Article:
Wednesday, February 22, 2006

Below is an insert from my third novel, The Cavern. I am enclosing it to show the way in which images and archetypes from the unconscious act upon our conscious mind.

As Wisent turned away from the poster, he noticed copies plastered onto nearly every building, something he hadn’t noticed earlier.

He pushed his bicycle further ahead. In the shadows of a nearby building he saw a short figure running from building to building. He said, amazed, “Ein Zwerg.” The small man was plastering posters onto stonewalls at breakneck speed. Wisent drew closer to watch him work. The man noticed him, turned and bent slowly from the waist, providing Wisent with an honorable and respectful bow, smiled, and then continued his work.

Wisent followed him to the end of the cobblestone street, watching his ingenuity. At the end of street, on the edge of town, a red van with the same poster on its side was parked. This poster announced the arrival of the Circus Broceliande in Avignon in two weeks time.

The small man opened the back of the van and placed his tools in the back. A woman, who had been leaning against the van smoking, dropped her cigarette and opened the passenger door for the small man, who waddled to the front and climbed inside with her assistance. The woman, who Wisent recognized as the woman on the white horse in the poster, walked around to the driver’s side. Suddenly, she re-appeared on the passenger’s side, the side facing Wisent, and performed a one-handed cartwheel. She, too, bowed deeply to Wisent and, once again, walked around to the driver’s side, started the engine, and drove the red van into the darkness.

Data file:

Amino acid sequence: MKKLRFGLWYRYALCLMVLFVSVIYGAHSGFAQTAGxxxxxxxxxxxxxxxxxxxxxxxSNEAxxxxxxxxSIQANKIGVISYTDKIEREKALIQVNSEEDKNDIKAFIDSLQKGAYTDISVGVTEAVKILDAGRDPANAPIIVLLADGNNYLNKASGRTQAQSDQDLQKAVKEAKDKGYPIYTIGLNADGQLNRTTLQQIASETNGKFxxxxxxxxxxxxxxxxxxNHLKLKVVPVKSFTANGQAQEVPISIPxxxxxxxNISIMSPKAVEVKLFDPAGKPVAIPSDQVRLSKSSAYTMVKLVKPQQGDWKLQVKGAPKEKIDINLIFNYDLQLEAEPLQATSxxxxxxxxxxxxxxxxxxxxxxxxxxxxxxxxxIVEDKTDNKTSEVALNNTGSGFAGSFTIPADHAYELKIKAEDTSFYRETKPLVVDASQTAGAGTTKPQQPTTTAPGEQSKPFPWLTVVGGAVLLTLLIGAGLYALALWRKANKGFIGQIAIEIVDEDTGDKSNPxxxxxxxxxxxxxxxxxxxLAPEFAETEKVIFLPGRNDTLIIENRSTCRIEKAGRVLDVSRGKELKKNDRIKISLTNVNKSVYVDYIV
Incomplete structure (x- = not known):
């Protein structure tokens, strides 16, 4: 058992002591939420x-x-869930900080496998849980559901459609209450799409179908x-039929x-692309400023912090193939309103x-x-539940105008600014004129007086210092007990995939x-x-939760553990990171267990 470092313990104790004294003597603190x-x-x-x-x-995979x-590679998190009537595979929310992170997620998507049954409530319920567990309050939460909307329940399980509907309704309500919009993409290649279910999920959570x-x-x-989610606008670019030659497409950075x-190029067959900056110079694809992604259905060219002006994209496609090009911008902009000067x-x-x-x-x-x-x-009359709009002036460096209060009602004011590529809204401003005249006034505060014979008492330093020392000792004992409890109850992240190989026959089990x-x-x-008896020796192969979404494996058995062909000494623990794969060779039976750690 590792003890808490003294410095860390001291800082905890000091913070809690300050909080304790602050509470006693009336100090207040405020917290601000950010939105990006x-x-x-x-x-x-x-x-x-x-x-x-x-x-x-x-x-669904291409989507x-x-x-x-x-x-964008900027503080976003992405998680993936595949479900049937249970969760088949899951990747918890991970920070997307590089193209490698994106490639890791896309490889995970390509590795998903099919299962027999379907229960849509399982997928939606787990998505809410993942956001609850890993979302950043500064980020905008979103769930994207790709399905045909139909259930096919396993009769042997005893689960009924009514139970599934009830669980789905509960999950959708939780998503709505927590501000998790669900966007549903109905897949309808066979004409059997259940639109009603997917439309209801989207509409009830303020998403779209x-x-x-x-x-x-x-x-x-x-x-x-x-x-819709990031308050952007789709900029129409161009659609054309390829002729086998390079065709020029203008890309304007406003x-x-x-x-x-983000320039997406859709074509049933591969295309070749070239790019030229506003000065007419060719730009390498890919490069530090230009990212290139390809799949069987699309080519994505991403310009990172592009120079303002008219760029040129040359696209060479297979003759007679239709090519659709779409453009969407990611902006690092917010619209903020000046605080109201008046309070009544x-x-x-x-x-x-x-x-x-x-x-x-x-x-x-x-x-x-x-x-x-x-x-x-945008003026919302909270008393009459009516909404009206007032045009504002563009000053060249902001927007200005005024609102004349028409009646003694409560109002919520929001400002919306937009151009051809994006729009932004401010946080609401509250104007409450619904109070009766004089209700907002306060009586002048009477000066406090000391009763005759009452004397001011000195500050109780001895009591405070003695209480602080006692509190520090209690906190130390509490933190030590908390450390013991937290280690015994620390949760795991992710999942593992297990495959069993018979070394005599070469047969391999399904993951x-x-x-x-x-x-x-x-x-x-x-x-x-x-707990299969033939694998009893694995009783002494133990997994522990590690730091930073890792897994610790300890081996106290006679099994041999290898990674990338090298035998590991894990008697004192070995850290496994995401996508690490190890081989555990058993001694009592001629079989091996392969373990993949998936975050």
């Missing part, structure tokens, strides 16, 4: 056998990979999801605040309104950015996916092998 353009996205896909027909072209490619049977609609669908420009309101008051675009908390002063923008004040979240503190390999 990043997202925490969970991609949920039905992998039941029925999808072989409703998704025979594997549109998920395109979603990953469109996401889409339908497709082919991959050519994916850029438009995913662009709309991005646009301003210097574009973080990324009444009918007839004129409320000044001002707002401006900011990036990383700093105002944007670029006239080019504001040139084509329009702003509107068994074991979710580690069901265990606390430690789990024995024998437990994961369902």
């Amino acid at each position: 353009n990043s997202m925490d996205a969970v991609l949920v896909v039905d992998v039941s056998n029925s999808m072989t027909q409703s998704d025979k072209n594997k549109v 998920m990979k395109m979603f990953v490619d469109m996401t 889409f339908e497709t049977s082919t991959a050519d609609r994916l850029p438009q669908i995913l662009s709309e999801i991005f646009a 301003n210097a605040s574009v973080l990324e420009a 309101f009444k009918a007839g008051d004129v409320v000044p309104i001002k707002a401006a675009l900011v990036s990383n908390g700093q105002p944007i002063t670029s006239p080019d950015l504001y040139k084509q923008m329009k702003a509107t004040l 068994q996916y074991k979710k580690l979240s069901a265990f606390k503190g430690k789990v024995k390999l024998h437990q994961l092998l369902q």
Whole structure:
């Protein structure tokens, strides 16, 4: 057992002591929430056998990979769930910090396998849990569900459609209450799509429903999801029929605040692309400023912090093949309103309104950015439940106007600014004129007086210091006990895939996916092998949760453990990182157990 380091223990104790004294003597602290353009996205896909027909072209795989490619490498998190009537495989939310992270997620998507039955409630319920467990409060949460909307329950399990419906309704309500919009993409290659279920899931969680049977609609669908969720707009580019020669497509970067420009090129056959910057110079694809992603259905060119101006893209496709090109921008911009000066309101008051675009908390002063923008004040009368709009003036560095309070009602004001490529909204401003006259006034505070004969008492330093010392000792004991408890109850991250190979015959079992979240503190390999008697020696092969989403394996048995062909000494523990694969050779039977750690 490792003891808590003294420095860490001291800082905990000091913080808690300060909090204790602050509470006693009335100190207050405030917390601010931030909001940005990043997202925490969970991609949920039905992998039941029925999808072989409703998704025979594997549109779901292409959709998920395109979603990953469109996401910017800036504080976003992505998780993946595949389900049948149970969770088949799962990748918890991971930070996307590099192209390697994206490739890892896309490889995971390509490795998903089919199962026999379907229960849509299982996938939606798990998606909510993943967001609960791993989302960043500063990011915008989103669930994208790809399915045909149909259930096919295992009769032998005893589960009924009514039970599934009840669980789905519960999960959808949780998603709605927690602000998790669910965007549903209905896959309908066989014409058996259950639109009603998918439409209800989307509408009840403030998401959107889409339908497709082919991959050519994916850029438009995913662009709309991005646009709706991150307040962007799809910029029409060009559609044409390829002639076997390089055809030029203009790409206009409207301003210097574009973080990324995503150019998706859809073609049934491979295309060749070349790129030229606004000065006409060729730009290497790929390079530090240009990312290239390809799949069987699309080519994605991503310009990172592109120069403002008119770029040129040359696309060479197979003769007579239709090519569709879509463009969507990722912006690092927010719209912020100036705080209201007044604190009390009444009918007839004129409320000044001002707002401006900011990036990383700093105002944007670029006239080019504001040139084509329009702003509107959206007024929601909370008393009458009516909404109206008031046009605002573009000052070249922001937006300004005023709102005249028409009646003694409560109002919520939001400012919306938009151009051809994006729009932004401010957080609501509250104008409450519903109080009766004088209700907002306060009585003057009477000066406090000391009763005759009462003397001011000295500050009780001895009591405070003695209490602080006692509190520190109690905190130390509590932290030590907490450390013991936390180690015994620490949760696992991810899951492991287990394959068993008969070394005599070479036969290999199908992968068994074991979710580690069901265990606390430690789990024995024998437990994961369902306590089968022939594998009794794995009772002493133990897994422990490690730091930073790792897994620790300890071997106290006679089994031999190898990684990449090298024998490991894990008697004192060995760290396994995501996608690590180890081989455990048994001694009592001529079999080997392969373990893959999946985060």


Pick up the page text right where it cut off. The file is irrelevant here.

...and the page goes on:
As the sound of the van receded, Wisent became aware of the cicadas. It was late and he began to worry about his ride back in the dark. The old bicycle’s feeble light sputtered to life as he set off for his grandmother’s house in the hills.

As he rode, Wisent said aloud, “Ich habe ein Zwerg gesehen.”

The night was warm and he saw no one on the road as he pedaled steadily, sweat dripping from his brow and his shirt, now moist, sticking to his back. He felt he had been sleepwalking in Paris. Why hadn’t he come to the country before? He felt alive and somehow in tune with his surroundings. Thinking about the things Ash had said, he tried to put everything within its context. In some ways it was a psychological and metaphysical muddle, but something in that discussion was true. He understood that certain images emerge from the subconscious into the waking mind. These images are symbols of certain concepts and, which he, through his day-to-day actions, projected onto certain people. To say it another way, he had subconsciously orchestrated the meeting and, then, the ultimate adoption of the these individuals to play a role on his psychological stage. These players were in many respects stereotypes of the “good mother,” “the witch,” “the temptress,” or “the princess.” To be conscious of these images was to be awakened, to see the reality of his own role in the play he called his life or what the French so poetically named “mon histoire.” Implicit in the discussion was some theory of “collective image” that emerged from collective human memory, which operated like a genetic pattern.